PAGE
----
One of the many challenges that various industries face today is the tracking of their assets and vehicles. Internet of Things (IoT) has helped us connect most of our everyday devices and industrial assets are no exception. We now have various technologies available to track assets. Bar codes and RFID, are among the most basic and yet most popular tracking technologies. Already used heavily in the retail industry, these technologies have found many applications in other industries as well. These technologies, however, have their limitations relating to range and lack of real-time tracking ability. Overcoming these limitations, GPS tracking technology is now available to most industries. GPS tracking technologies have been around for a long time and now with all the innovations in the area of sensors, networking, and connectivity, the technology is well-suited as well as cost-effective to track assets and vehicles in real-time.
GPS Tracking Technology
A number of industries can benefit from GPS fleet and asset tracking as it prevents theft, loss, and damage, as well as helps better track assets for usage, maintenance, and servicing. Assets and vehicles can be tracked globally using hardware that combine the GPS technology with cellular and/or satellite phone technology. The hardware is usually referred as tracker or tracking device.
The tracking device is installed on vehicle or asset that needs to be tracked. This device then collects and transmit tracking data via a cellular or satellite network, to a central station. In most cases, this central station belongs to a GPS tracking service provider, which usually hosts the tracking application. The data is then made available to the user through software that offer details about the position, location and usages of the vehicle or asset. The software is made available through variety of options such as web interface, mobile platforms, and/or integrated with other asset and fleet management system.
GPS Tracking Hardware
Every GPS tracking system starts with tracking devices. There are mainly three types of GPS trackers: OBD trackers, hard-wired trackers, asset tracks.
OBD trackers: These trackers plug into the vehicle’s on-board diagnostics (OBDII) port and draws power from it. The OBD II port is available in most cars and trucks manufactured since 1996. Apart from GPS location, these trackers are also able to gather additional information such as ignition start and stop information, engine diagnostics etc. These trackers are easy to install and do not require professional installation. Since these draw power from vehicle’s electrical system, these also do not require batteries.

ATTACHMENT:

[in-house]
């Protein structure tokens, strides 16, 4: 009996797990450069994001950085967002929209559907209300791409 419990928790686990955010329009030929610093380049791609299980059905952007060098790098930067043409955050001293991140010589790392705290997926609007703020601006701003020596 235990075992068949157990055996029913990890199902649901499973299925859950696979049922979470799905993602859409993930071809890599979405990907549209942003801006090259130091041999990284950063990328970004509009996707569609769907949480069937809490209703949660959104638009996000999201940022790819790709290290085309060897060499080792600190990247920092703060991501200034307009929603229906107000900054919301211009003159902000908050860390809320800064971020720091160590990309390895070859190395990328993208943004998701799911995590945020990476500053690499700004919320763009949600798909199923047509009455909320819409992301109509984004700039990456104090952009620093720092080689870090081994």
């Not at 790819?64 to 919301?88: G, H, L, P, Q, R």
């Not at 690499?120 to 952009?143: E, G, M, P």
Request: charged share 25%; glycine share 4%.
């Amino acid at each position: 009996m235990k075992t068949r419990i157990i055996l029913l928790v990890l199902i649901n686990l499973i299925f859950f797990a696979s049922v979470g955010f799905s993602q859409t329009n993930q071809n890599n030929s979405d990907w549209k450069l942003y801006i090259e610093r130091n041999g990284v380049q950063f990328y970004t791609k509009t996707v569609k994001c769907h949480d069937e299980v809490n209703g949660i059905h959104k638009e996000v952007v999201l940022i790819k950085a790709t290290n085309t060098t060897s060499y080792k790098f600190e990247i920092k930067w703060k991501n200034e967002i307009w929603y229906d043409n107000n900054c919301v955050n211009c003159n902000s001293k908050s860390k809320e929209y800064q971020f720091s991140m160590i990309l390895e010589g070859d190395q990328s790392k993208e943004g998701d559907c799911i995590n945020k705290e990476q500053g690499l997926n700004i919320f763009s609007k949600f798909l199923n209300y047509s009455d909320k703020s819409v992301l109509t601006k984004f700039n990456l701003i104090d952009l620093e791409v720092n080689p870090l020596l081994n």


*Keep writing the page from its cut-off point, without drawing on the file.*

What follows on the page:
Hard-wired trackers: Like OBD trackers, these trackers are also well-suited for vehicles, as these draw power from vehicle’s electrical system. Hard-wired trackers are connected to vehicle’s power, ignition, and ground. Unlike OBD trackers, these covert trackers are not plug-and-play and usually require professional installation.
Asset trackers: While the above two are well-suited for vehicles, the asset trackers are mainly used for non-powered assets and powered assets that may remain idle for extended period. Example of such assets include: containers, trailers, heavy equipment, generators, vehicles, boats, and other large equipment. These trackers usually do not update location information as frequently as vehicle trackers. These incorporate a long-life battery and some version also offer the ability to be configured with an external power source. Some asset trackers also include the capability to monitor parameters such as temperature, pressure, humidity etc. These trackers are mainly used for containers carrying shipments that needs to be monitored. These trackers are placed inside the container and use cellular triangulation as a backup to locate the container since GPS signals may not penetrate a container’s metal walls.
As IIoT is evolving at a fast pace, we see continuous improvements in the area of asset and fleet tracking. ARC is closely following this market space and we will cover more details about related technologies, software, and benefits in our upcoming blogs.
About ARC Advisory Group (www.arcweb.com): Founded in 1986, ARC Advisory Group is a Boston based leading technology research and advisory firm for industry and infrastructure.
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About the Author:
Inderpreet is a member of both the field device research and the Asset Performance Management (APM) teams at ARC.
Inderpreets focus areas include field systems (flow, pressure, temperature, gas detection, emission monitoring). She is also a part of the Asset Performance Management (APM) team focusing on plant level asset management technologies and services.